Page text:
Temporal and Spatial Analysis of Cancer Rates in the United States

Han, Yueh-Ying 28 September 2007 (has links)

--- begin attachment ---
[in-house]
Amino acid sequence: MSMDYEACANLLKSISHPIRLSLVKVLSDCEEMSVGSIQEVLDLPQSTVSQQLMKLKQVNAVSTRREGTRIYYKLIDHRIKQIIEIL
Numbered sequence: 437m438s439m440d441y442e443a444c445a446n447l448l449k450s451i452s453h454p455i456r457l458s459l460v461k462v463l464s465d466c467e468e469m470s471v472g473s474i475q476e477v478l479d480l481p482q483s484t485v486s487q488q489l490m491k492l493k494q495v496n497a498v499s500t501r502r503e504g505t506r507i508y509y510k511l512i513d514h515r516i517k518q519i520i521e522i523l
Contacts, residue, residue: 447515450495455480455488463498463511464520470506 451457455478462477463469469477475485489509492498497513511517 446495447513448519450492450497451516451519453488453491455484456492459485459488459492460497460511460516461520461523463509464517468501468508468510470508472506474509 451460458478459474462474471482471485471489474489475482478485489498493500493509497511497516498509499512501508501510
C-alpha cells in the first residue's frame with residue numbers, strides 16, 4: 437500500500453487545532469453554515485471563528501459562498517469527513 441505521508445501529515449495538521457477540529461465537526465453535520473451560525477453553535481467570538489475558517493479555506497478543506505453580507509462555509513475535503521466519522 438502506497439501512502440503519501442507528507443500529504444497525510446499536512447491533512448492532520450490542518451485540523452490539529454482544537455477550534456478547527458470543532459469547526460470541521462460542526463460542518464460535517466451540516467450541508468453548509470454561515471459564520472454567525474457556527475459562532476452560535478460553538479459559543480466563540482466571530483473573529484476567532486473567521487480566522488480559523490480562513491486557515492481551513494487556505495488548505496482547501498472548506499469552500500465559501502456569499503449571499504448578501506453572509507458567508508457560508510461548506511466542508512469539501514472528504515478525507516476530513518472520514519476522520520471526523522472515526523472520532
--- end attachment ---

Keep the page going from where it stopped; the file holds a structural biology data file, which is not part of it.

Introduction: Spatial, temporal and racial patterns of cancer remain largely unexplained in the United States. Time trends of cancer incidence and mortality can be used to estimate the current cancer burden, anticipate clinical care needs, and suggest hypotheses regarding possible etiologic explanations for underlying trends. Methods: Using U.S. 1979-2003 cancer incidence and 1969-2003 cancer mortality data, age-period-cohort and Joinpoint regression models were fit to summarize gender- and race-specific temporal trends for three broad cancer categories that include tobacco-related cancer, screen-detectable cancer, and cancer unrelated to tobacco and screening. Demographic patterns and time trends of non-Hodgkins lymphoma (NHL) incidence between Pennsylvania and the U.S. from 1985 to 2004 were compared. Using Idaho cancer incidence, 1990-2005, and arsenic levels in ground water, 1990-2005, spatial analysis was conducted to identify geographic patterns of cancer incidence and to evaluate the relationship between arsenic exposure in ground water and cancer incidence in Idaho. Results: Over the last three decades, tobacco-related cancer incidence declined among men and increased among women. Screen-detectable cancer incidence increased, more rapidly among men than women. For cancer unrelated to tobacco and screening, incidence increased in every gender-and-race group. Though not identical, NHL incidence patterns, with substantial increases, were similar in the U.S. and Pennsylvania. NHL incidence was higher in Pennsylvania counties with a greater percentage of urban residents. Although spatial clustering was demonstrated in Idaho cancer incidence, no relationship was found between arsenic exposure in ground water and Idaho cancer incidence. Conclusion: NHL and other cancers unrelated to smoking or screening have increased in the U.S. in the past two decades in white and black men and women. Etiologic research should attempt to identify modifiable risk factors, including environmental exposures, responsible for the increasing incidence of NHL and cancer unrelated to tobacco and screening. The ecologic association observed in Pennsylvania between NHL incidence and urban residence may be relevant to NHL risk in the entire United States. Additional environmental and demographic information should be evaluated in order to clarify the arsenic-related cancer risk in Idaho counties where ground water has been found to contain higher levels of arsenic. Public Health Significance: Age, period and cohort modeling of cancer incidence and mortality provides important indications of current and future health care needs and also suggests hypotheses for future research. The results of this analysis provide health professionals, researchers, and policy-makers with detailed information and an understandable overview of cancer patterns in the United States. Hypotheses should be generated about these unexplained patterns of cancer so that avoidable cancer risks can be identified that will decrease the cancer burden and associated requirements for health care.